In this case, I was in so much pain and having scary contractions that it became an easy decision to go to the ER (during a historic snow storm with all taxis and buses not running! Adventure!).
The women (nurses and doctors) were all SO nice and dedicated to my care that I returned to the US a little less scared of hospitals, and with a renewed sense of what kind of doctor I want to be for my patients.
I remember the last time I vomited so well. I had to catch the vomit (in a bag, of course) to fish out the antibiotics I was taking to then retake them because I didn’t want to miss a dose. Ew.
I switched from OB care to midwifery care, and (in addition) started meeting regularly with a home birth midwife who encouraged me to try acupuncture to tackle the lingering nausea and back pain, helped me address the anemia I had developed over the months, and suggested that I track my blood sugar (which we found spiked quickly without continual protein intake, and then dropped quickly to low fasting levels every hour which probably contributed to my nausea and shakiness).
My midwife has been my angel of light guiding me through these last few months.
The nausea mostly went away around this time, although certain smells, foods, and fatigue still trigger it — it’s nowhere near as debilitating.
I also started seeing a therapist to focus on rebuilding trust in my body (and trust in baby’s wellbeing) and in my ability to advocate for myself.
And here we are now!
Just a few weeks or days or hours out from baby’s arrival and I am so excited to meet her that tears are coming to my eyes as I write this.
Right now, baby has the hiccups and I can feel the twitching below my belly button.
For the last month, baby was in a breech position (head up under my ribs instead of down by my cervix).
I did the spinning babies exercises, met with a chiropractor who performed the Webster technique, and continued seeing an acupuncturist. I also tried moxibustion.
All along, my support partners and I talked to her and encouraged her to turn. Sometimes playing music, putting ice packs on her head, and shining a light in the direction we wanted her to turn.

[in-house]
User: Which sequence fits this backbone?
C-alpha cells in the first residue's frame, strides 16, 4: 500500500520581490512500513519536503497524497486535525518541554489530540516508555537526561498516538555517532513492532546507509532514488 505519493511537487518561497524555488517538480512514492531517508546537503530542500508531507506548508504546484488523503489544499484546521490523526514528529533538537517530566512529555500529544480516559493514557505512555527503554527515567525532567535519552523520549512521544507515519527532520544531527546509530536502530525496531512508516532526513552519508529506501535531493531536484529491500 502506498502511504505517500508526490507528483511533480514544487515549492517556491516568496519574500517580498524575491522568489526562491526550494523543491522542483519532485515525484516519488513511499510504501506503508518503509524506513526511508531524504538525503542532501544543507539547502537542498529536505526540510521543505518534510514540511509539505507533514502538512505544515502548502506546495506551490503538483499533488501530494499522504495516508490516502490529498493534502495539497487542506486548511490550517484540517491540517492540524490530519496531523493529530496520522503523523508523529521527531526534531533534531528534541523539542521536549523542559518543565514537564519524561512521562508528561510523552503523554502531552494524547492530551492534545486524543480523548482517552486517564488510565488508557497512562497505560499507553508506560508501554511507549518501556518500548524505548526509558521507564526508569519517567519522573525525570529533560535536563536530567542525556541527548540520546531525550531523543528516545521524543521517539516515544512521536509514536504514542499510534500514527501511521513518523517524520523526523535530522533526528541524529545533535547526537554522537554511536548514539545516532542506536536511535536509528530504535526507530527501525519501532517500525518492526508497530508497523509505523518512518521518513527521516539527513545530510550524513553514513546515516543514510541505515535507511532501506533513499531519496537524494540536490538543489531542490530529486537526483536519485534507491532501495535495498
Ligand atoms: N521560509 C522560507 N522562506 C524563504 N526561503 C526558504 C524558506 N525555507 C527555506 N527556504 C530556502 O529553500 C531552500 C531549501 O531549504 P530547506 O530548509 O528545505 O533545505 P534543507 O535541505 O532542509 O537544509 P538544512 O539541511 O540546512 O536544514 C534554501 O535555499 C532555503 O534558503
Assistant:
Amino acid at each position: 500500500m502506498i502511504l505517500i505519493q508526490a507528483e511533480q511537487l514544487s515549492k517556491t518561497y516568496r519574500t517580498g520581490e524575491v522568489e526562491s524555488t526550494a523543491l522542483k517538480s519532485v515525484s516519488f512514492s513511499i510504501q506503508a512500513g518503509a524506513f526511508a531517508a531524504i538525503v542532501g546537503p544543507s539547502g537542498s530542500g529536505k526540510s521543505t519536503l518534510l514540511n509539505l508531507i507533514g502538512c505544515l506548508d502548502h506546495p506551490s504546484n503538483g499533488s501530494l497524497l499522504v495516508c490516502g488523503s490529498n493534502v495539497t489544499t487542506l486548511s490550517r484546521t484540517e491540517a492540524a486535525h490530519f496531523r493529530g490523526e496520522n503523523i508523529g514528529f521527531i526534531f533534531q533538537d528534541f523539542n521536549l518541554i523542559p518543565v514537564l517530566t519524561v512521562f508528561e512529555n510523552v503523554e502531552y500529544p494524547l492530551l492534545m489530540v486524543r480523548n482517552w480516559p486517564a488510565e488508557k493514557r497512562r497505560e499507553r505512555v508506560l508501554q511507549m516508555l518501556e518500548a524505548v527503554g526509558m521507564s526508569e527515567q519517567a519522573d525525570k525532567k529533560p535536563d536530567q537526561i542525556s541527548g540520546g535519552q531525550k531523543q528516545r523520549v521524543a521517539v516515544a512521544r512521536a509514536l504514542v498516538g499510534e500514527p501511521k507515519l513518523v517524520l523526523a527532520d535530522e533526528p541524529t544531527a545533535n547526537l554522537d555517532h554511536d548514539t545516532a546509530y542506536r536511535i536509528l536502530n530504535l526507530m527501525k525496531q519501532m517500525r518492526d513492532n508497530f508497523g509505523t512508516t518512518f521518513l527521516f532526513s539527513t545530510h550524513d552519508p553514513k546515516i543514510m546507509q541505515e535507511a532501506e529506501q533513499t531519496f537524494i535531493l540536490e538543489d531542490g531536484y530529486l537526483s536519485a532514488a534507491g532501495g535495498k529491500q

I walked as much as possible, and tried swimming (doing lots of hand stands and flips in the pool). Her activity often increased (especially during the acupuncture, the moxi, and talking to her) and sometimes it felt like she was trying to flip. But in the end, she didn’t flip on her own.
Unfortunately, the knowledge of how to deliver breech babies vaginally is being lost as physicians stop doing it and stop teaching it, and as hospitals stop allowing it. I want to point out that this is yet another area where pregnant people do not have a choice about what they allow to be done to their bodies and their babies.
With no practitioners in the Madison area willing to deliver breech, my “choice” was between scheduling an external cephalic version (ECV) where they forcefully turn baby manually (with about a 50% success rate) or a cesarean, which, although common, is still major abdominal surgery.
The External Cephalic Version…
…was terrifying, but it worked!
The hardest part was not eating or drinking (even water!) from 6am to 2pm in case I needed an emergency cesarean. While mild, the thirst and hunger made me nauseous and reminded me of all the times I would drink and eat just to throw it back up again… never able to quench my thirst or hunger.
After checking in and getting changed, the wonderful nurse set me up with an IV and fetal heart monitor.
I was given a tocolytic agent (terbutaline) to relax my uterus which also had the unpleasant side effect of making my heart race.
The procedure was over in less than 4 minutes (maybe even less), and felt like what you’d expect it to feel like if someone tried to grab one of your internal organs from the outside and turn it upside down as quickly as possible. It was painful and kind of an out of body experience. Different practitioners have different methods so I am guessing experiences vary.
Here we are now! About to have a baby!
The past few months have been challenging, and we are SO, so, so incredibly grateful to our family and friends who have loved and supported us the whole way through.
We feel so lucky to bring a baby into this world who is sure to be overwhelmed with love and guidance.
About a month ago we drove to Detroit to celebrate with Matt’s family and it was so wonderful to meet his extended family and friends at the baby shower. We are so thankful to everyone who was able to come celebrate with us and to those who have helped us prepare by collecting clothes and furniture, knitting blankets, and giving us gifts.
We also had a wonderful time celebrating baby’s impending arrival with our friends in Wisconsin after they finished their final exams of their first year of medical school!
Thanks so much to Liv who stepped into the role of photographer for the afternoon!
It was a bit of a non-traditional baby shower where the food theme was all the foods I have been able to eat over the last 9 months.
How do I feel now?
In this moment, I feel so good.
Occasionally I have scary thoughts about all the things that could go wrong in the next few days or weeks. And quite often I feel totally unprepared, but luckily this feeling comes with a burst of energy to get things done.
I am just so glad to feel human again. To adore life again.
And I am finally excited to nurture and love this little soul growing inside me.10